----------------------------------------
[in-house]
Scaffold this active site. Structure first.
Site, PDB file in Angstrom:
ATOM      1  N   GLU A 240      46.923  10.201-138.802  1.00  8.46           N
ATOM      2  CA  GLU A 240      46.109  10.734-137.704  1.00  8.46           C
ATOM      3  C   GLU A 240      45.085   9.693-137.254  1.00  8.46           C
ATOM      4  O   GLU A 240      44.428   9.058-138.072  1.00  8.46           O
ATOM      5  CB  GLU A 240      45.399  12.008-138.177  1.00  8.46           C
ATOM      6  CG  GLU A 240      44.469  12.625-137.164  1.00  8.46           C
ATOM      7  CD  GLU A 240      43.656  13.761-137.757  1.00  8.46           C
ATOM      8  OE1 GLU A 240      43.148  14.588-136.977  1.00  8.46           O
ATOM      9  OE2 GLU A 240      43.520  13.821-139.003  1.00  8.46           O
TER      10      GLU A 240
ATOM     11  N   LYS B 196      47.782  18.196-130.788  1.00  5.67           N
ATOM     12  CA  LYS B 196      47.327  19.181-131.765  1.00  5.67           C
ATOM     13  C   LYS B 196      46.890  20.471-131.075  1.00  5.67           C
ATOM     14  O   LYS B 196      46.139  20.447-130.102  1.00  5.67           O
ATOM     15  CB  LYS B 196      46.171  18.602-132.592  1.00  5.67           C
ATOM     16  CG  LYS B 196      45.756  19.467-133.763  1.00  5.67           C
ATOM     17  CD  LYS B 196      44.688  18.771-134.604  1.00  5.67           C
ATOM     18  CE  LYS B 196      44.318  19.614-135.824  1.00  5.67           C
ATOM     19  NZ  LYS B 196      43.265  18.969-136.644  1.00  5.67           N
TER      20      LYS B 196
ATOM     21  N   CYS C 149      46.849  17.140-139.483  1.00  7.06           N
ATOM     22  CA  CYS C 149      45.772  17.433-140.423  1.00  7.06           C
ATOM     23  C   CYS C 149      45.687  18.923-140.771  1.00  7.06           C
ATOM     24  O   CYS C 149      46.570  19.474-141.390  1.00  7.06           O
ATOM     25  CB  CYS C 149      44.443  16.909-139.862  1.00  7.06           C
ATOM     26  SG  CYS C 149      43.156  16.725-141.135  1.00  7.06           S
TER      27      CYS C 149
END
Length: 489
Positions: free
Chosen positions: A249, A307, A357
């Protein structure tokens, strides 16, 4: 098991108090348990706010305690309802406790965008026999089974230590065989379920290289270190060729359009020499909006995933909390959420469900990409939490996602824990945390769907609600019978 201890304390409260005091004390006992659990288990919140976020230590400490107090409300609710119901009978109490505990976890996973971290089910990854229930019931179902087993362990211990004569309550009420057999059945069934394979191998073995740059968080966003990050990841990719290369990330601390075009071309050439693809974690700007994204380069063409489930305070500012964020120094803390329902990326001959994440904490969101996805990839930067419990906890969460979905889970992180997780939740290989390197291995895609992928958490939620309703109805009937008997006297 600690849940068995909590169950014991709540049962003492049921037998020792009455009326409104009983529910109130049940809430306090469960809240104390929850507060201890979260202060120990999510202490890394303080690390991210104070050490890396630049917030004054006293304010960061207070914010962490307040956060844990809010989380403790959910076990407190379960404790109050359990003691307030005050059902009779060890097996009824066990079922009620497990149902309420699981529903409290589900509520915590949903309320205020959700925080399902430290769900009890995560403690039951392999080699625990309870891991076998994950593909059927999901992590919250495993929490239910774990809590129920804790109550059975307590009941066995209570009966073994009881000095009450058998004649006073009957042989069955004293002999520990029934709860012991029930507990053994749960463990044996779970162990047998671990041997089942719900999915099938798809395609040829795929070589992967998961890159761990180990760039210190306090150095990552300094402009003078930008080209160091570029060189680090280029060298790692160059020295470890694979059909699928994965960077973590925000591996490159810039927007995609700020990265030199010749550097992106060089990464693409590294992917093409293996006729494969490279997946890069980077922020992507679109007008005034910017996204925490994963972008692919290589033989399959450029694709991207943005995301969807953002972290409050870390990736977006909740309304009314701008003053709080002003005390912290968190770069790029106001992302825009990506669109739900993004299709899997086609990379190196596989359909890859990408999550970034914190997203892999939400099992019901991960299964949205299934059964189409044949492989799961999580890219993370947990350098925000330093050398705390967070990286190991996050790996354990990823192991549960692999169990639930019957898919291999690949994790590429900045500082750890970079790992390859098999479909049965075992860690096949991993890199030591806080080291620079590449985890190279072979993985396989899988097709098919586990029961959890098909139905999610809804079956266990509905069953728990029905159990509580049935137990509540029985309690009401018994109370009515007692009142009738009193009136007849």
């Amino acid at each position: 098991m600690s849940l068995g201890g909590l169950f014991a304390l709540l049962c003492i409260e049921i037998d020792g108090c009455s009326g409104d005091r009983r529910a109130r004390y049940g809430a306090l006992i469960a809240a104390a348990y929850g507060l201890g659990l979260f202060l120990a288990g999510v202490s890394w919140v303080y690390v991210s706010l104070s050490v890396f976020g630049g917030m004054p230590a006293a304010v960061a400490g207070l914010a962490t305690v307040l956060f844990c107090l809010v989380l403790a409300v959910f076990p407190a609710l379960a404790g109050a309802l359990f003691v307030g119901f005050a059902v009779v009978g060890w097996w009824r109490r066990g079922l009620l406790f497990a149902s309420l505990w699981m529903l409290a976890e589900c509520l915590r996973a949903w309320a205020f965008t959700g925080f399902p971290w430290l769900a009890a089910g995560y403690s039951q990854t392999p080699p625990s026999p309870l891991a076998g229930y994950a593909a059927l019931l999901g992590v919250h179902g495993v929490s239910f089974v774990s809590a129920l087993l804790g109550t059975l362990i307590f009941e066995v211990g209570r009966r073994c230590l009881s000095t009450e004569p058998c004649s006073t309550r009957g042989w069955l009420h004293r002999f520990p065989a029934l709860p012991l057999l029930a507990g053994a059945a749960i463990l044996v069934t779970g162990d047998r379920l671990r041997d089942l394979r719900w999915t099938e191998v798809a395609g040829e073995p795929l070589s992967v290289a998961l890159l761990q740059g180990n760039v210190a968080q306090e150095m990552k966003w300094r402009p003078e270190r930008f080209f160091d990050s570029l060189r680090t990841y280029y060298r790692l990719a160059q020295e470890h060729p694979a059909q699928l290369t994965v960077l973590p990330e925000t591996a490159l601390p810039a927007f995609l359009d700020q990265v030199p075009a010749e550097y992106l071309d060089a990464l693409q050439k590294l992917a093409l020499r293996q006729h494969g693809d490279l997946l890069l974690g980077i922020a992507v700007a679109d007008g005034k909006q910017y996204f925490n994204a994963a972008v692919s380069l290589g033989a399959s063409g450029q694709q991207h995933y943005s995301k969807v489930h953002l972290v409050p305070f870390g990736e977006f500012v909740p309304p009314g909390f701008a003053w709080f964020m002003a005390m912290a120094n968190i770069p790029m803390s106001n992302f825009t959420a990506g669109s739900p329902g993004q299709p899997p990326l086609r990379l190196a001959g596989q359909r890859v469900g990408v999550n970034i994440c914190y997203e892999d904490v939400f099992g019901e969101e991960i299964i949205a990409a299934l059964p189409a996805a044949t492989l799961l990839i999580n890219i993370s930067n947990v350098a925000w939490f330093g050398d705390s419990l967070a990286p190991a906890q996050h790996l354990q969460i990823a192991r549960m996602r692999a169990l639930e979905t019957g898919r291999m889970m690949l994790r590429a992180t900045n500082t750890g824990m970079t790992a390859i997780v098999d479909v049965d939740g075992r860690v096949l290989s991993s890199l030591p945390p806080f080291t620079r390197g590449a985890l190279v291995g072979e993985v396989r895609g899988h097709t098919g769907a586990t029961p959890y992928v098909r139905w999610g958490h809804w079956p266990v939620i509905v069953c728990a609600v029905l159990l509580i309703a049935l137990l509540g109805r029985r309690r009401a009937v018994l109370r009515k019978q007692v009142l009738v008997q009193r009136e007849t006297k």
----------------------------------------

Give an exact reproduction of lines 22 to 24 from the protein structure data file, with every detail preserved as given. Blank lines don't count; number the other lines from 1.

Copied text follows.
ATOM     19  NZ  LYS B 196      43.265  18.969-136.644  1.00  5.67           N
TER      20      LYS B 196
ATOM     21  N   CYS C 149      46.849  17.140-139.483  1.00  7.06           N